The Surf Style complex, a 175,300 ft2 (16,300 m2) beachside retail center and parking structure in the heart of Clearwater, Fla. Includes six-levels and more than 42,000 ft2 (3,900 m2) of retail and restaurant space on the ground and mezzanine levels, with parking for 344 vehicles on five levels above. The designers of this facility had to create a structure that could withstand corrosive sea air, meet strict flood zone requirements dictated by the Federal Emergency Management Agency, and deliver construction on an accelerated schedule within a tight footprint in the midst of a busy beachfront community during tourist season.
The project team was further challenged when, midway through construction, the owner decided to incorporate a FlowRider surf attraction into the retail surf shop. This addition required an extension to the original project schedule to accommodate the dramatic new feature. Structural changes were handled quickly and efficiently, adding only six additional weeks to complete the project. Even with the drastic change of scope, final delivery of the building was three weeks ahead of schedule.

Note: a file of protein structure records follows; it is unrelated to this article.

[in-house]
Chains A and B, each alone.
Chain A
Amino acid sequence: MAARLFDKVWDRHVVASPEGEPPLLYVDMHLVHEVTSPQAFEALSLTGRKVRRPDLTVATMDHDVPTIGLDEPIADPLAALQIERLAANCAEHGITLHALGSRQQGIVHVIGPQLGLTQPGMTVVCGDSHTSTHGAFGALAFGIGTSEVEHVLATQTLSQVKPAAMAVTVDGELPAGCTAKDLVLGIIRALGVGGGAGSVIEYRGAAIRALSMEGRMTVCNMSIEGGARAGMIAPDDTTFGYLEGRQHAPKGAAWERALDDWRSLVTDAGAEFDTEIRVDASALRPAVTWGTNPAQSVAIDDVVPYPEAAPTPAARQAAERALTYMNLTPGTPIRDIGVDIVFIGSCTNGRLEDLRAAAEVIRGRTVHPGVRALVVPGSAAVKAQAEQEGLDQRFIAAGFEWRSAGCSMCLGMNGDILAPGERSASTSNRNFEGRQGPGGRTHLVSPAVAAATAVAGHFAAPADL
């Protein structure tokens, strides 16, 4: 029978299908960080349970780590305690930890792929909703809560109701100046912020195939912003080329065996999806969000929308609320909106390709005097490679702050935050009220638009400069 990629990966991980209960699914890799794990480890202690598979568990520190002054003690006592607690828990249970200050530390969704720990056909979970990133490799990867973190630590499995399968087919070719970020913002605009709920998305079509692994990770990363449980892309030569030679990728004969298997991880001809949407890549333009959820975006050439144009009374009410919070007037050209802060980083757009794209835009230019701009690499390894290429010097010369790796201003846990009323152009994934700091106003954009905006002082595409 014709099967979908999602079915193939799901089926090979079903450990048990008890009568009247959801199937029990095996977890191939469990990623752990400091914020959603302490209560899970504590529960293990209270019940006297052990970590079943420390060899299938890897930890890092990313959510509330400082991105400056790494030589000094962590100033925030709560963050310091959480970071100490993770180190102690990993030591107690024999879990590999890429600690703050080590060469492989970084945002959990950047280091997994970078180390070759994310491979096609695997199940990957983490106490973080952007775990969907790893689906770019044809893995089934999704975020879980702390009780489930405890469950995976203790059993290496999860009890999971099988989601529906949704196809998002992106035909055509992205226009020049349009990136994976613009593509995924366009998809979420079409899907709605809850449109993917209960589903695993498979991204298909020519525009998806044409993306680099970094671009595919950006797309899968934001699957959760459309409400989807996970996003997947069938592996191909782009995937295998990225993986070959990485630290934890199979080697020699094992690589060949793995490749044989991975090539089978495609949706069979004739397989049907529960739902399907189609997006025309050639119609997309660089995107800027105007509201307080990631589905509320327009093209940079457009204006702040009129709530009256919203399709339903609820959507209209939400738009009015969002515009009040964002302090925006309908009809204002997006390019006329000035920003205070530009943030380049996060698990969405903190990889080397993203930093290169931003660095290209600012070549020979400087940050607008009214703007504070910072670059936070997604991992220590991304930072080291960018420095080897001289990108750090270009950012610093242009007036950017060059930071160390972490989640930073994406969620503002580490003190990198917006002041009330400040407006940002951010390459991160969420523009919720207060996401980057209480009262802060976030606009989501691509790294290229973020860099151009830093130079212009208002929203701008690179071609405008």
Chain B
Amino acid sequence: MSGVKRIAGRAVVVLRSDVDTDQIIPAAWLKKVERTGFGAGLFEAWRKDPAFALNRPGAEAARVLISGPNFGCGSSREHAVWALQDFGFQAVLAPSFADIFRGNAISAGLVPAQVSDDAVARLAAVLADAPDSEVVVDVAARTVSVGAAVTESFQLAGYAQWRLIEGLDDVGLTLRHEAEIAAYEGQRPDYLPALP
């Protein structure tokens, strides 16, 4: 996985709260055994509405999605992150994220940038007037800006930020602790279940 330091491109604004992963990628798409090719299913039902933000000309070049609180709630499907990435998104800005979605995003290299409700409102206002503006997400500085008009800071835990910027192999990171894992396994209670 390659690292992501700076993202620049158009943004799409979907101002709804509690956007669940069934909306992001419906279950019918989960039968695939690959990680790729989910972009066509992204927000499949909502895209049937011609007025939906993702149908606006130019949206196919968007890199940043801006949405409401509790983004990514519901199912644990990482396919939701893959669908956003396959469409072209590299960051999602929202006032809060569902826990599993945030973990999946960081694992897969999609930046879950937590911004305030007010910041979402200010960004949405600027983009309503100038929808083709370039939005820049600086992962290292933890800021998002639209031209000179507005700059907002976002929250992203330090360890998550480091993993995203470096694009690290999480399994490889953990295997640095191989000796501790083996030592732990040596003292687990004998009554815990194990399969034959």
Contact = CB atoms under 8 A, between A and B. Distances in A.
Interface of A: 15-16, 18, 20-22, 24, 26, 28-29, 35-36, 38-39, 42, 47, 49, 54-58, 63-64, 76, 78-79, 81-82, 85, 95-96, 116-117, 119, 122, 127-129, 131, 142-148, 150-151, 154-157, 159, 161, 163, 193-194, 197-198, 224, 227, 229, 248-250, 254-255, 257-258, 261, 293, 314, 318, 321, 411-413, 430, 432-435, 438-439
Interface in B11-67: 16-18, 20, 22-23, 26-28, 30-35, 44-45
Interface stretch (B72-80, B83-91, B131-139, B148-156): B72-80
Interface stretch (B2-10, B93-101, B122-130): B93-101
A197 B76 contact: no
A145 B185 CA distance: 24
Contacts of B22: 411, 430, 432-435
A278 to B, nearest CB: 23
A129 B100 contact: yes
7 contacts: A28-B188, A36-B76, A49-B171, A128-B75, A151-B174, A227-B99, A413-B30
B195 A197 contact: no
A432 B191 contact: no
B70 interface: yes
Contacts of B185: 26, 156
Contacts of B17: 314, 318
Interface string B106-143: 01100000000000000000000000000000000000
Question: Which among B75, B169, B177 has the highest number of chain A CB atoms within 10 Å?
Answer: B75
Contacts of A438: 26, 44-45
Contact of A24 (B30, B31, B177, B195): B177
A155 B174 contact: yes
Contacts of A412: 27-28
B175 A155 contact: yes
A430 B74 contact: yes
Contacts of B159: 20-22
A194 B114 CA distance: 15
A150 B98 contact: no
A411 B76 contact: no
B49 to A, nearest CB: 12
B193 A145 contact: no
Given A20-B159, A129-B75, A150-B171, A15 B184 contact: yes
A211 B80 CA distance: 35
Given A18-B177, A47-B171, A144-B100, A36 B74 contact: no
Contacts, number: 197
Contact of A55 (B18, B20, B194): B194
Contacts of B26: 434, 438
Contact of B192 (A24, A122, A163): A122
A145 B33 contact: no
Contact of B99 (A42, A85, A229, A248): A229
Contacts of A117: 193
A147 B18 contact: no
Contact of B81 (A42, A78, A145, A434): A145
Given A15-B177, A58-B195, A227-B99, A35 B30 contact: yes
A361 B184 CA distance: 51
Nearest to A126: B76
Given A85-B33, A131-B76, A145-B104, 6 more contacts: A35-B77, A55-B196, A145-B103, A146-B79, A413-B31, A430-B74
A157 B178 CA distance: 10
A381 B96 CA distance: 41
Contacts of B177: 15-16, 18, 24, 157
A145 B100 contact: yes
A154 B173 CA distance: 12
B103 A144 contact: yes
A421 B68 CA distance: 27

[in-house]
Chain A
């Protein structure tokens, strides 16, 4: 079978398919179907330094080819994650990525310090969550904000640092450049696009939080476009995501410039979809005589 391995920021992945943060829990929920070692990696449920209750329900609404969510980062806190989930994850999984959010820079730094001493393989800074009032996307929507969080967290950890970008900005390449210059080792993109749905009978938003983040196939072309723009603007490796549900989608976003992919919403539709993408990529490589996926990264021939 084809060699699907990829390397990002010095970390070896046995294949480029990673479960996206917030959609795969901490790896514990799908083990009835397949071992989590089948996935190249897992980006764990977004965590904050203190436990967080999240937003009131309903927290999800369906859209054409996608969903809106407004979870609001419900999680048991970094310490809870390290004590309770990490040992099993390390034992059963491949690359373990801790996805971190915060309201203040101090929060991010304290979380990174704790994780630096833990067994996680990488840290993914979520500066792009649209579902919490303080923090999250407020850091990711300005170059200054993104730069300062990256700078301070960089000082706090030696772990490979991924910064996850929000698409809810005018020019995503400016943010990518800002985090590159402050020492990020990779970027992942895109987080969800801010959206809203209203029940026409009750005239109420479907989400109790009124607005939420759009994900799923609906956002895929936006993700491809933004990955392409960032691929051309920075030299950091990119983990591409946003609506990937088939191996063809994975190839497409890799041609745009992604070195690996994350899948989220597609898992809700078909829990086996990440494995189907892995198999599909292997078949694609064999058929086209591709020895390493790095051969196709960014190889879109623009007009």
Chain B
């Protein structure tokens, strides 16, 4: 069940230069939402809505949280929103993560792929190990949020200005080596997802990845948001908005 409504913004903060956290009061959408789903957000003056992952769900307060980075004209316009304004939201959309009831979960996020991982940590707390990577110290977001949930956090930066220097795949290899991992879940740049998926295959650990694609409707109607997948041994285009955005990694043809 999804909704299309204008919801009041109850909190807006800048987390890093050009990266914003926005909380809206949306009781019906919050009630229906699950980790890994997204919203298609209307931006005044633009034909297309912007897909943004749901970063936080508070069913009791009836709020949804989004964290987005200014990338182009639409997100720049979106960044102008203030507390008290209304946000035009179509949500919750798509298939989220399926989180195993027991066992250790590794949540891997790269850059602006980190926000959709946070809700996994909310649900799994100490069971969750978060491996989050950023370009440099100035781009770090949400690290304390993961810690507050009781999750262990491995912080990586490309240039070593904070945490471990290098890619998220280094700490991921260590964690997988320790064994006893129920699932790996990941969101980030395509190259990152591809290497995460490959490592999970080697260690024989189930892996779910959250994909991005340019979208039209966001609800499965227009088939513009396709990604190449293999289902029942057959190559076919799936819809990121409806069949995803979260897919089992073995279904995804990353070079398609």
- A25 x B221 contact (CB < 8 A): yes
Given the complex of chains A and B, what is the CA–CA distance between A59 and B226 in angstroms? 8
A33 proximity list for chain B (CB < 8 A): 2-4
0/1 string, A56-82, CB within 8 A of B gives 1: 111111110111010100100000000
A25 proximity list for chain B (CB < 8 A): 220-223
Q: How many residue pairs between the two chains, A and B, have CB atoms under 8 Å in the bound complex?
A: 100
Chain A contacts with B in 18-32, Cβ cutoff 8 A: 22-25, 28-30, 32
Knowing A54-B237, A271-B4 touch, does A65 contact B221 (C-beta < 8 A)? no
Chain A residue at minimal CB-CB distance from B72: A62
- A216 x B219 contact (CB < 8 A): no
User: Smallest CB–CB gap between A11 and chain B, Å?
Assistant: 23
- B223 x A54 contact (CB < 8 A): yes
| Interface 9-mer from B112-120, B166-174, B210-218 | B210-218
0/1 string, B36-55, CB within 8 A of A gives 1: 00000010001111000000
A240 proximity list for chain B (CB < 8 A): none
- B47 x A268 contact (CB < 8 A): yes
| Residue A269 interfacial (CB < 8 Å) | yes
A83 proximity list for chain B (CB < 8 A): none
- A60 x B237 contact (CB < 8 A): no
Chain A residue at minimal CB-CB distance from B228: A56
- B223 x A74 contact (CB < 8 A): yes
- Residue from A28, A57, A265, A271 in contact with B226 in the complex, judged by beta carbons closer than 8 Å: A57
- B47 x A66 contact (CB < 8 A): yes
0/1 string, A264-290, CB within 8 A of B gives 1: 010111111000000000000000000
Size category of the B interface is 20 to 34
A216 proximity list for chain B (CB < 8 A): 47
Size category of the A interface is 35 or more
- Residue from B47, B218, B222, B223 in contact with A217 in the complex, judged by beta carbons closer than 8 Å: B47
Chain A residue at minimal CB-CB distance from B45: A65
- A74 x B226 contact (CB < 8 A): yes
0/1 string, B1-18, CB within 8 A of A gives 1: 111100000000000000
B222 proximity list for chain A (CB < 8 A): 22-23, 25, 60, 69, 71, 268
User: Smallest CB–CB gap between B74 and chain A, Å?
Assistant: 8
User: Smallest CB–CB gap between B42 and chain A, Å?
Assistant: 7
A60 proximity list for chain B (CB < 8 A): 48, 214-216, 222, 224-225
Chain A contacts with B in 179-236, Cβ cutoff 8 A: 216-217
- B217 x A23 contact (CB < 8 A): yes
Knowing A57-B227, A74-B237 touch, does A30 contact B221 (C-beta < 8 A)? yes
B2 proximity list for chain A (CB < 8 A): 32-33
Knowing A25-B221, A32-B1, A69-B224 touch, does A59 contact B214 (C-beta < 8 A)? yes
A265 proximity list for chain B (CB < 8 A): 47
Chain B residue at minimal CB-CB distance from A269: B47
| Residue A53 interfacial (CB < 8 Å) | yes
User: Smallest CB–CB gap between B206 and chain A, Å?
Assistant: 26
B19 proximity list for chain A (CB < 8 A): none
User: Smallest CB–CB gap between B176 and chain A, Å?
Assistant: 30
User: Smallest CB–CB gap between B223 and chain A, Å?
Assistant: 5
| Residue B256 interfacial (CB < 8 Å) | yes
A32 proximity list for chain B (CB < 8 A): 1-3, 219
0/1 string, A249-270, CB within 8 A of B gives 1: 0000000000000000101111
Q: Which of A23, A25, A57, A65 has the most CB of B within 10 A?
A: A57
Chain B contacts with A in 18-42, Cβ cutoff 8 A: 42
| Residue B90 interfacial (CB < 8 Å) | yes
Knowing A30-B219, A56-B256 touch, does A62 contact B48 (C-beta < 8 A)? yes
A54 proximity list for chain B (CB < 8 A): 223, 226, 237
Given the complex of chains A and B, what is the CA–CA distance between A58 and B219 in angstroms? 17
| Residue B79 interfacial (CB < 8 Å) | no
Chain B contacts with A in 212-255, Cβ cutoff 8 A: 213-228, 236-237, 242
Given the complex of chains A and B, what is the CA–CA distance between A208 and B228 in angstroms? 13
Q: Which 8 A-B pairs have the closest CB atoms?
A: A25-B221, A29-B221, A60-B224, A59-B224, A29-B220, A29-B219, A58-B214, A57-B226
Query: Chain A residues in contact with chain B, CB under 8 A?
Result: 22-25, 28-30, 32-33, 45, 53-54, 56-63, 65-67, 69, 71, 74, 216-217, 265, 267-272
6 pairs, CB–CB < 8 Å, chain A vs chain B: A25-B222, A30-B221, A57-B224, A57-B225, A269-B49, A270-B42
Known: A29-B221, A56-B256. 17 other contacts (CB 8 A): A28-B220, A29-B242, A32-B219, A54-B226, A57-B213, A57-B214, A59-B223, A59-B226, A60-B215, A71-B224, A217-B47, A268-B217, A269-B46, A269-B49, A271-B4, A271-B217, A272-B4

The owner of the project was keen to minimize disruption to business as much as possible. By producing structural concrete products off-site, fast-track construction could begin immediately upon demolition of the existing structure. Offsite construction of precast concrete components also reduced the need for extra space on-site, which was vital because the construction zone abutted one of the most active parts of Clearwater Beach. Cornices, reveals, and recesses were cast within the precast concrete panels, eliminating the need for extra trades on-site or added attachment hardware.
To meet the area’s FEMA flood zone designation, the designers added a wave wall in front of the building with a 3 ft (1 m) tall concrete cap extending above grade that is supported by vinyl sheet pile extending 20 ft (6 m) below grade. The building was also designed under strict FEMA coastal construction guidelines to withstand the force of 6 ft (1.8 m) of standing water without incurring major damage.